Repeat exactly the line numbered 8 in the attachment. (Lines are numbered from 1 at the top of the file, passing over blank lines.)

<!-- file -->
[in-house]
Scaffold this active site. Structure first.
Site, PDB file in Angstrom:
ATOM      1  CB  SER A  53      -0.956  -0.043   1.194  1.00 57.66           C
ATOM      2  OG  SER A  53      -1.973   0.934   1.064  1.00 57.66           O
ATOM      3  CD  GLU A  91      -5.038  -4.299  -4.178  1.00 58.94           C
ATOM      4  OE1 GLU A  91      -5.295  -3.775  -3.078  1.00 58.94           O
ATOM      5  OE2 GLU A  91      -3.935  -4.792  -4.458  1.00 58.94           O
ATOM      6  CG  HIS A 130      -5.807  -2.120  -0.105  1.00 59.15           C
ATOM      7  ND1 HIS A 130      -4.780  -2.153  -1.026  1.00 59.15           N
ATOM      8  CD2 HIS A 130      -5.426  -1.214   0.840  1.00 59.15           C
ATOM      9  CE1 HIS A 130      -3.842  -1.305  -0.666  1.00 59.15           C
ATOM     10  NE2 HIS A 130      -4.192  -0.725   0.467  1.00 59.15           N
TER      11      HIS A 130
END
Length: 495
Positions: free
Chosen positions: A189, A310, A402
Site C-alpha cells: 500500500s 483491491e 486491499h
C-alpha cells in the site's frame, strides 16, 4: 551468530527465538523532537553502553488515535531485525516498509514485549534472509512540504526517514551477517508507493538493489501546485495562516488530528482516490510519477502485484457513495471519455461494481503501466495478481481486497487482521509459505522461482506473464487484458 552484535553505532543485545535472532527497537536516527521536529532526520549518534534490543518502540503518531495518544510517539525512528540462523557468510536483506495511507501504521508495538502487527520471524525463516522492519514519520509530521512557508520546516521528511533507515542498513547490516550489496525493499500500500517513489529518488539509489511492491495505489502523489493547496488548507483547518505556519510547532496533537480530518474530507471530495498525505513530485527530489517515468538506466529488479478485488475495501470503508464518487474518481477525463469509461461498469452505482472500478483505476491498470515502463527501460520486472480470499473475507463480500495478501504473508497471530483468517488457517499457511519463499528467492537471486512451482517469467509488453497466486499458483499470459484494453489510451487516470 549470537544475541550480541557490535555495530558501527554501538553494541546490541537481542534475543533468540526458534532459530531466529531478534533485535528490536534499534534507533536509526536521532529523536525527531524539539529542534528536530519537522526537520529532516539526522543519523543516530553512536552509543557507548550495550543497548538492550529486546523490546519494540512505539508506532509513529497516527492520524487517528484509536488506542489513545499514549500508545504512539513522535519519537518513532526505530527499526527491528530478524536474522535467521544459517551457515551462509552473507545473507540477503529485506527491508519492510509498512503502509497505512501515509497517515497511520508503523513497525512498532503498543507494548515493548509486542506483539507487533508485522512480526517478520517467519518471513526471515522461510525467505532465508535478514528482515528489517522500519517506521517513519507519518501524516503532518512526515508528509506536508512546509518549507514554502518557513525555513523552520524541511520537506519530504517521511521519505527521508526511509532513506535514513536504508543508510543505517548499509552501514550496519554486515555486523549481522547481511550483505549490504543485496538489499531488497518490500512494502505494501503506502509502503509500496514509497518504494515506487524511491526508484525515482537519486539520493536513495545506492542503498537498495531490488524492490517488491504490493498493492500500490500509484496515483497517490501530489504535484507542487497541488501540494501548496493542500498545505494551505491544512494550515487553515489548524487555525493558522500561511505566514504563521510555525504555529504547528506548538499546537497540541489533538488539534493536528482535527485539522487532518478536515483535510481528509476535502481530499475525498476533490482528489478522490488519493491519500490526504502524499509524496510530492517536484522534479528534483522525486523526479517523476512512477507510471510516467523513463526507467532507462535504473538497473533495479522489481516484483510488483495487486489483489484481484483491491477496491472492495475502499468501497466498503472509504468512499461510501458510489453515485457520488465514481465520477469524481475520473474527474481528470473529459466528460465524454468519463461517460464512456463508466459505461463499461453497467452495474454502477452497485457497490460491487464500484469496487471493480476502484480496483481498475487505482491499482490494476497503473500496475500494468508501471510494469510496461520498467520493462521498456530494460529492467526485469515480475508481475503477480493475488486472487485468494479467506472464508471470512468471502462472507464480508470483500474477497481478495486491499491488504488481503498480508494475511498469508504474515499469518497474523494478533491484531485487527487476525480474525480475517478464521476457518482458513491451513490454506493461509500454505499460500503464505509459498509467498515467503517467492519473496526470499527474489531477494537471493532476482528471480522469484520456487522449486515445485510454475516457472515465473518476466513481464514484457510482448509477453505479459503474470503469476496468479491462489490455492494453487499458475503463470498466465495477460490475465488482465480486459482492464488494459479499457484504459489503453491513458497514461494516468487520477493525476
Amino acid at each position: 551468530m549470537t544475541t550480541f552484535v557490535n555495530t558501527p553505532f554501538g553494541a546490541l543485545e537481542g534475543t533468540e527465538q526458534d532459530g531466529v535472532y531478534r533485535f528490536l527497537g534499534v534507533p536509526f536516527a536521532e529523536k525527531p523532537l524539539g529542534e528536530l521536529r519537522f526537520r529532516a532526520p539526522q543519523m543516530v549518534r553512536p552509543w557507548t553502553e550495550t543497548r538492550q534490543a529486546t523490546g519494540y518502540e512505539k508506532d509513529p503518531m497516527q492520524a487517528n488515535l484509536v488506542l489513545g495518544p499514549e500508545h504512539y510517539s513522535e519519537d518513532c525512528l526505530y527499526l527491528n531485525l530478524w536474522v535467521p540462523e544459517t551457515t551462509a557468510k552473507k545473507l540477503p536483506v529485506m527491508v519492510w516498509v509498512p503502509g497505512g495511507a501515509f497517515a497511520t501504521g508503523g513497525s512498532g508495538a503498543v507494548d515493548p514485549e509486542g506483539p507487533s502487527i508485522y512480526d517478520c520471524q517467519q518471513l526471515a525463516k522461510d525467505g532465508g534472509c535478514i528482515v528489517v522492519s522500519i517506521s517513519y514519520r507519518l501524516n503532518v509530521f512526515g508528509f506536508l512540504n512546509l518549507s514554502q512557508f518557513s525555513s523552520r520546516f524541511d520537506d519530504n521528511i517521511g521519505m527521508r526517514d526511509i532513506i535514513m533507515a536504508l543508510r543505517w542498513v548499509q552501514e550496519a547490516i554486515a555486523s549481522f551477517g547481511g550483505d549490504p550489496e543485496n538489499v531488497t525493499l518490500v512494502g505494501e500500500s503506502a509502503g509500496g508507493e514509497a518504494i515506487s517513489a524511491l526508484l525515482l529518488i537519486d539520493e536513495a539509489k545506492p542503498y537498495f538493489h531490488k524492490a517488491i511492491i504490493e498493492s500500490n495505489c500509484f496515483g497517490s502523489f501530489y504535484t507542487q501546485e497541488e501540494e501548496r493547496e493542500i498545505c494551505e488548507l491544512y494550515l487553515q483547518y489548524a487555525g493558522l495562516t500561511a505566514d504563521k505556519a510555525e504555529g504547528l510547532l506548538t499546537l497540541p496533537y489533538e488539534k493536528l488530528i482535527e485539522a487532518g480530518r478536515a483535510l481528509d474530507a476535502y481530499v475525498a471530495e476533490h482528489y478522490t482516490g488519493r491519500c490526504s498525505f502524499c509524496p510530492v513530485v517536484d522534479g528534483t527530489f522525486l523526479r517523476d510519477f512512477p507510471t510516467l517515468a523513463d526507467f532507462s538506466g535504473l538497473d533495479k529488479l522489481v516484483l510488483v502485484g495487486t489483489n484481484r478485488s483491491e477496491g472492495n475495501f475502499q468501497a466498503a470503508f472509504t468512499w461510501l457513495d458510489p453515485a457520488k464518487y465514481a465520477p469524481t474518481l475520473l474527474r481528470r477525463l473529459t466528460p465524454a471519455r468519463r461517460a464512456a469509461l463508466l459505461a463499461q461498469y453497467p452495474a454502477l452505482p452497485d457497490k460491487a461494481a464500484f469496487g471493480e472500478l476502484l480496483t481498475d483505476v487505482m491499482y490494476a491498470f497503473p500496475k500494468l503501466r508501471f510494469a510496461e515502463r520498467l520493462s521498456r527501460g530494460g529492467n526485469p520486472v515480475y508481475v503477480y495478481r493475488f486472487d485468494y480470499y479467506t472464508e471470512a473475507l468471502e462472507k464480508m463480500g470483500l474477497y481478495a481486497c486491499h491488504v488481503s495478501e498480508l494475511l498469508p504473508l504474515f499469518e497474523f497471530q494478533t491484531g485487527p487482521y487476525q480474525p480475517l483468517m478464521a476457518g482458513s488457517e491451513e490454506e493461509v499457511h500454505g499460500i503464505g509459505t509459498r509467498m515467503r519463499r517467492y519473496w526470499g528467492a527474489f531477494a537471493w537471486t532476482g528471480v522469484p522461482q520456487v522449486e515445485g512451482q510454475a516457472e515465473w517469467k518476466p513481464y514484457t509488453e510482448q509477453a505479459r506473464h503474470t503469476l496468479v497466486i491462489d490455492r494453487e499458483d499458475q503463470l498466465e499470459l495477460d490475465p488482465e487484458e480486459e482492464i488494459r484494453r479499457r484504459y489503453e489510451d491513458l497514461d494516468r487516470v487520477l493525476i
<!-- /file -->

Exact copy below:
ATOM      5  OE2 GLU A  91      -3.935  -4.792  -4.458  1.00 58.94           O